Indian Railways are the lifeline of our economy. The trains not only carry passengers but freight as well. Reaching to all possible corners of our country, this is the largest rail network in the work and the biggest employer as well. It is hard to find an Indian who hasn’t traveled in train. And while we have all stood for hours waiting to board our trains, we have seen several of them cross the stations.
Some of the freight train wagons have “Not to be loose shunted” written on them. Have you ever wondered what it means?
In India, liquids and gases along with livestock are transported via train wagons. Generally, these terms are written on wagons which are carrying dangerous goods, shift-able loads likes loose pipes, vehicles, livestock etc., oil, petrol, diesel and other inflammable items.
During the unloading of the freight wagons at their respective destinations like a thermal power plant, cement factory etc., a shunting locomotive is used. This locomotive just pushes the wagon imparting enough speed to reach the platform on its own.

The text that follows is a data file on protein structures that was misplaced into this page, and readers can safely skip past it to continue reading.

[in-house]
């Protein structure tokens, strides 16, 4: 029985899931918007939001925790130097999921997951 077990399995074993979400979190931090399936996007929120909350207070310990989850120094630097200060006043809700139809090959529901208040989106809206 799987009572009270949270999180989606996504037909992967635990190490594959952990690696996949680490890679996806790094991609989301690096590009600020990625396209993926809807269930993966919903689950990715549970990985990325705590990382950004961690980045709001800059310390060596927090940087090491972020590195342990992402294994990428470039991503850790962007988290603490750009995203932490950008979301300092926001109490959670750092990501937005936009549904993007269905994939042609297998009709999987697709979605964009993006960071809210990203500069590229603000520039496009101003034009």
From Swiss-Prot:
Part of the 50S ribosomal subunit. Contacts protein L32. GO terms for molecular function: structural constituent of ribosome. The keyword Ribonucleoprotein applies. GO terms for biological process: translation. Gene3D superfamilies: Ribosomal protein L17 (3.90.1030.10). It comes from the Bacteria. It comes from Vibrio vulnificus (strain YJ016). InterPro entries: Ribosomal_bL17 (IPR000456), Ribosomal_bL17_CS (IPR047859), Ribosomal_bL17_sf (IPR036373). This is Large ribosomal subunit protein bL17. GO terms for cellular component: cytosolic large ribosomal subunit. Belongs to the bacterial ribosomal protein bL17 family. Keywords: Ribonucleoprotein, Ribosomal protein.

Once it reaches the designated unloading platform, it is halted by a full rake. This shunting can be imparted anytime and anywhere. Also, the shunting locomotive unstocks every wagon individually.
The wagons carrying inflammable items are marked with this statement to avoid leakage and other possible accidents like fire. Wagons carrying mail, heavy equipment, cement bags, concrete slabs, grain etc. are shunted regularly. Once they reach the desired siding, officials break the seal of the wagon and unloading begins.